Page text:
Founders Overdose on “Sweets”


How can too much of a good thing be very very bad in management? Imbalance, for one, is a perfect example of “overdosing” on what, in isolation, is innocuous. In the Research Triangle Park area of North Carolina, like the Bay area of California, or a certain part of Massachusetts, technology companies abound and the media is in love with the fruits of the labors of the company founders. Certainly, without the contribution of needed jobs, tax revenues, and similar benefits, the local economies in these regions would suffer. But, on a far more local level–that of the management of a team of people–there can be an inherent problem that is both insidious and solvable.

The concentration of too much emphasis on software development skills, for instance, to the exclusion of other needful disciplines can become a company’s undoing in an imperceptible yet profound way. We must acknowledge that, as human beings, we are most comfortable surrounding ourselves with others who think similarly to us, have homogeneous backgrounds, and understand what we’re trying to communicate  quickly. The danger, though, is one of management myopia. Without a team of executives who bring complementary viewpoints–that are different yet legitimate in their own right–it becomes easy to suffer from the group-think phenomenon like a bunch of lemmings.

Organizations that allow themselves to be managed by cookie cutter leaders are often blindsided by development that Porter’s Five Forces, a SWOT analysis, or common sense in the eyes of an outsider could have anticipated. Market shifts–whether in the realm of sales, finance, operations, or a myriad of other subsets–when realized too late can lead to a company’s fall into a type of death spiral. Turnaround practitioners far and wide have witnessed the phenomenon more times than they’d like to admit and cringe upon encountering it because they know it could have been avoided.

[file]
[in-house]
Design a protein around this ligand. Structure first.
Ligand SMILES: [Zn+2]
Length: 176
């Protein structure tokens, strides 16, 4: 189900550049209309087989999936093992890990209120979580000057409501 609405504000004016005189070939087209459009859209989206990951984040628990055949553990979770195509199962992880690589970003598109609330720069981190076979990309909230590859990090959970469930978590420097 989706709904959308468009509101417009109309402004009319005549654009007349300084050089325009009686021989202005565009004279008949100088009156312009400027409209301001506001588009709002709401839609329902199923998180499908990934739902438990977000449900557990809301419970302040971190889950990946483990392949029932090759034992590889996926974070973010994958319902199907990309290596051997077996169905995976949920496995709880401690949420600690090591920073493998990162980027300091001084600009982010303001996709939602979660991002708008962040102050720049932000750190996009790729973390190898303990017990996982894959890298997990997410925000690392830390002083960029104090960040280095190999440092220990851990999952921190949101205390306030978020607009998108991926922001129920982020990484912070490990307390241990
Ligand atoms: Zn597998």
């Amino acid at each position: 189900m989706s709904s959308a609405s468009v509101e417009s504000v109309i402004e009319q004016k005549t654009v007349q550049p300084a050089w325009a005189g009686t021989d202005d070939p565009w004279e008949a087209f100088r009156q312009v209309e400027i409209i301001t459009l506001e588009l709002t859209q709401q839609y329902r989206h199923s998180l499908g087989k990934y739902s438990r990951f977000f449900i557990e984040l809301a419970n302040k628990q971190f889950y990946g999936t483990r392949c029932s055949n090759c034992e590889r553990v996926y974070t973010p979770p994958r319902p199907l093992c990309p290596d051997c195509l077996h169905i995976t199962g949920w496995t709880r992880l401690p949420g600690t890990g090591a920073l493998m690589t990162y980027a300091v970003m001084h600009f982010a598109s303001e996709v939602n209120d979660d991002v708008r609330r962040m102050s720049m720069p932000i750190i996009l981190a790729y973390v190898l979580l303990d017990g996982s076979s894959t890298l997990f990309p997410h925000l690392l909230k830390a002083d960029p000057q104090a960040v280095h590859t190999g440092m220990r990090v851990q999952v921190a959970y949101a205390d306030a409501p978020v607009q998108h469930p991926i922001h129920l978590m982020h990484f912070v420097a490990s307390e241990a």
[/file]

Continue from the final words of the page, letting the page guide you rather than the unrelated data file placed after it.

One of the great turnaround consultants I studied in performing research that led to the establishment of the Turnaround Management Association was Donald Bibeault. Bibeault wrote that, “A special case of imbalance in the top team–particularly at the board level–is a weak finance function. This may appear through the company as a general phenomenon, resulting in inadequate financial and accounting controls. But even when these systems are perfectly adequate, their message may not be heard at board level because the finance function is not strongly represented there.”

What should we make of such an observation, then, in our own companies? Firstly, that true outside boards of directors with balance can be a great asset to an organization. These veterans have “been there, done that!” Secondly, as one goes about building a team, become more self-aware of the temptation to populate the organization with a clique of robots, who while very intelligent in their domain, are ignorant on many other topics. Thirdly, consider the value of co-founders and mentors whose life experience is very different than one’s own–albeit they should have been successful in whatever they have previously pursued.